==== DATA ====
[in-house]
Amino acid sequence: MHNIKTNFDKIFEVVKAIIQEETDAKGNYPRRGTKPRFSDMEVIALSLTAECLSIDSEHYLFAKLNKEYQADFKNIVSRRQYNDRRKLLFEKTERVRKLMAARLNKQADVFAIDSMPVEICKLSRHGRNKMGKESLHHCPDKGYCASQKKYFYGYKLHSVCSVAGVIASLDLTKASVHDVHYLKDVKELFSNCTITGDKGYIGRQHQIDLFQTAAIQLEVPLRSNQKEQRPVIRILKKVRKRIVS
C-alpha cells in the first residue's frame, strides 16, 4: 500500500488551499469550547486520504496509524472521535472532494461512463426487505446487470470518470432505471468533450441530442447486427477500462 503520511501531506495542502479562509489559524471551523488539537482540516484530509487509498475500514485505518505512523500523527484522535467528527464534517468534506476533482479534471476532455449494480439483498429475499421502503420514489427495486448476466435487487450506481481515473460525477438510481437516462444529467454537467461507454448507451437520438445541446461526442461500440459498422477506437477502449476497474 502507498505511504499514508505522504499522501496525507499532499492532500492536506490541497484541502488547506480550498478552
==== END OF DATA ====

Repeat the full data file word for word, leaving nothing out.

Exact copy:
[in-house]
Amino acid sequence: MHNIKTNFDKIFEVVKAIIQEETDAKGNYPRRGTKPRFSDMEVIALSLTAECLSIDSEHYLFAKLNKEYQADFKNIVSRRQYNDRRKLLFEKTERVRKLMAARLNKQADVFAIDSMPVEICKLSRHGRNKMGKESLHHCPDKGYCASQKKYFYGYKLHSVCSVAGVIASLDLTKASVHDVHYLKDVKELFSNCTITGDKGYIGRQHQIDLFQTAAIQLEVPLRSNQKEQRPVIRILKKVRKRIVS
C-alpha cells in the first residue's frame, strides 16, 4: 500500500488551499469550547486520504496509524472521535472532494461512463426487505446487470470518470432505471468533450441530442447486427477500462 503520511501531506495542502479562509489559524471551523488539537482540516484530509487509498475500514485505518505512523500523527484522535467528527464534517468534506476533482479534471476532455449494480439483498429475499421502503420514489427495486448476466435487487450506481481515473460525477438510481437516462444529467454537467461507454448507451437520438445541446461526442461500440459498422477506437477502449476497474 502507498505511504499514508505522504499522501496525507499532499492532500492536506490541497484541502488547506480550498478552